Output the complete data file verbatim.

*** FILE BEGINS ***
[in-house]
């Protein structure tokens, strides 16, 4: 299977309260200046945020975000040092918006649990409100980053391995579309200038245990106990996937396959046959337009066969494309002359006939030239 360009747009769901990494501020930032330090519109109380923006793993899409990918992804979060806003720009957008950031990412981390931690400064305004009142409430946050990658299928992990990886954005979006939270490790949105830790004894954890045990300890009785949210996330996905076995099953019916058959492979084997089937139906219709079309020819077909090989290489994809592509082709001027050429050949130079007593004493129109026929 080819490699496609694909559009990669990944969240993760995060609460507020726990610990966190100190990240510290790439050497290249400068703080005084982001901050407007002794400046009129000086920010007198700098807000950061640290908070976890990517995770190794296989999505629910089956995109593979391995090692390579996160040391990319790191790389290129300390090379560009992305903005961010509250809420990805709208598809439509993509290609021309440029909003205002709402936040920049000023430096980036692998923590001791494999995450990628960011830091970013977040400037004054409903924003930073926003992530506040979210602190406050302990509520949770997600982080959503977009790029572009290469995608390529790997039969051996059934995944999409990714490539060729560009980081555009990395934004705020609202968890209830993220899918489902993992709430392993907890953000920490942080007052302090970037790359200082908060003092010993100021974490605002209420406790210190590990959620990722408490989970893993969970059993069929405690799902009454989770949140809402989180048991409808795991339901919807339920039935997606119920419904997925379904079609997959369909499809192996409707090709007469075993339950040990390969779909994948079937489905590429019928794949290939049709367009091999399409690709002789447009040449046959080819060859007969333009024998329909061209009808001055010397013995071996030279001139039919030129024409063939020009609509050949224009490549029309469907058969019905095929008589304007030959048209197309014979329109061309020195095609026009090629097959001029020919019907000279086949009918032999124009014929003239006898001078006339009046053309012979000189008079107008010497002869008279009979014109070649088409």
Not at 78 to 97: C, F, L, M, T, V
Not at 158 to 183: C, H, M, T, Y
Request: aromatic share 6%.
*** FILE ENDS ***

[in-house]
């Protein structure tokens, strides 16, 4: 299977309260200046945020975000040092918006649990409100980053391995579309200038245990106990996937396959046959337009066969494309002359006939030239 360009747009769901990494501020930032330090519109109380923006793993899409990918992804979060806003720009957008950031990412981390931690400064305004009142409430946050990658299928992990990886954005979006939270490790949105830790004894954890045990300890009785949210996330996905076995099953019916058959492979084997089937139906219709079309020819077909090989290489994809592509082709001027050429050949130079007593004493129109026929 080819490699496609694909559009990669990944969240993760995060609460507020726990610990966190100190990240510290790439050497290249400068703080005084982001901050407007002794400046009129000086920010007198700098807000950061640290908070976890990517995770190794296989999505629910089956995109593979391995090692390579996160040391990319790191790389290129300390090379560009992305903005961010509250809420990805709208598809439509993509290609021309440029909003205002709402936040920049000023430096980036692998923590001791494999995450990628960011830091970013977040400037004054409903924003930073926003992530506040979210602190406050302990509520949770997600982080959503977009790029572009290469995608390529790997039969051996059934995944999409990714490539060729560009980081555009990395934004705020609202968890209830993220899918489902993992709430392993907890953000920490942080007052302090970037790359200082908060003092010993100021974490605002209420406790210190590990959620990722408490989970893993969970059993069929405690799902009454989770949140809402989180048991409808795991339901919807339920039935997606119920419904997925379904079609997959369909499809192996409707090709007469075993339950040990390969779909994948079937489905590429019928794949290939049709367009091999399409690709002789447009040449046959080819060859007969333009024998329909061209009808001055010397013995071996030279001139039919030129024409063939020009609509050949224009490549029309469907058969019905095929008589304007030959048209197309014979329109061309020195095609026009090629097959001029020919019907000279086949009918032999124009014929003239006898001078006339009046053309012979000189008079107008010497002869008279009979014109070649088409």
Not at 78 to 97: C, F, L, M, T, V
Not at 158 to 183: C, H, M, T, Y
Request: aromatic share 6%.